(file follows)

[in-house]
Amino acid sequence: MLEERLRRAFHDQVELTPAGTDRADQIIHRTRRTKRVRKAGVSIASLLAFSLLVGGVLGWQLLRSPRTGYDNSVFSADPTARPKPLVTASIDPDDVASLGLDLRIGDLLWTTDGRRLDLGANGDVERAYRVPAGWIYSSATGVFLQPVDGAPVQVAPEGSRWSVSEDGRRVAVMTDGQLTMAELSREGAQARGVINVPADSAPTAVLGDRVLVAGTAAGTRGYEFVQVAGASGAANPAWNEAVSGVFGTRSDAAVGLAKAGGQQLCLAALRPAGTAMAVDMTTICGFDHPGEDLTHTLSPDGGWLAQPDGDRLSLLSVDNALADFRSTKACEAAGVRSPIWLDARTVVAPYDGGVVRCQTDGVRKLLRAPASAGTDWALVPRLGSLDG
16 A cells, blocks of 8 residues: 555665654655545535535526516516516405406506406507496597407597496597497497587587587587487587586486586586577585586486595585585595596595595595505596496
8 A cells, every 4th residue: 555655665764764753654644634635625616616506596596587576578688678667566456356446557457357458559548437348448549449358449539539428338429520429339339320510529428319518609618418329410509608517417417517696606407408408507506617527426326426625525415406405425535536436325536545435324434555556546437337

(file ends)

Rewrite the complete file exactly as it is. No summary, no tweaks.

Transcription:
[in-house]
Amino acid sequence: MLEERLRRAFHDQVELTPAGTDRADQIIHRTRRTKRVRKAGVSIASLLAFSLLVGGVLGWQLLRSPRTGYDNSVFSADPTARPKPLVTASIDPDDVASLGLDLRIGDLLWTTDGRRLDLGANGDVERAYRVPAGWIYSSATGVFLQPVDGAPVQVAPEGSRWSVSEDGRRVAVMTDGQLTMAELSREGAQARGVINVPADSAPTAVLGDRVLVAGTAAGTRGYEFVQVAGASGAANPAWNEAVSGVFGTRSDAAVGLAKAGGQQLCLAALRPAGTAMAVDMTTICGFDHPGEDLTHTLSPDGGWLAQPDGDRLSLLSVDNALADFRSTKACEAAGVRSPIWLDARTVVAPYDGGVVRCQTDGVRKLLRAPASAGTDWALVPRLGSLDG
16 A cells, blocks of 8 residues: 555665654655545535535526516516516405406506406507496597407597496597497497587587587587487587586486586586577585586486595585585595596595595595505596496
8 A cells, every 4th residue: 555655665764764753654644634635625616616506596596587576578688678667566456356446557457357458559548437348448549449358449539539428338429520429339339320510529428319518609618418329410509608517417417517696606407408408507506617527426326426625525415406405425535536436325536545435324434555556546437337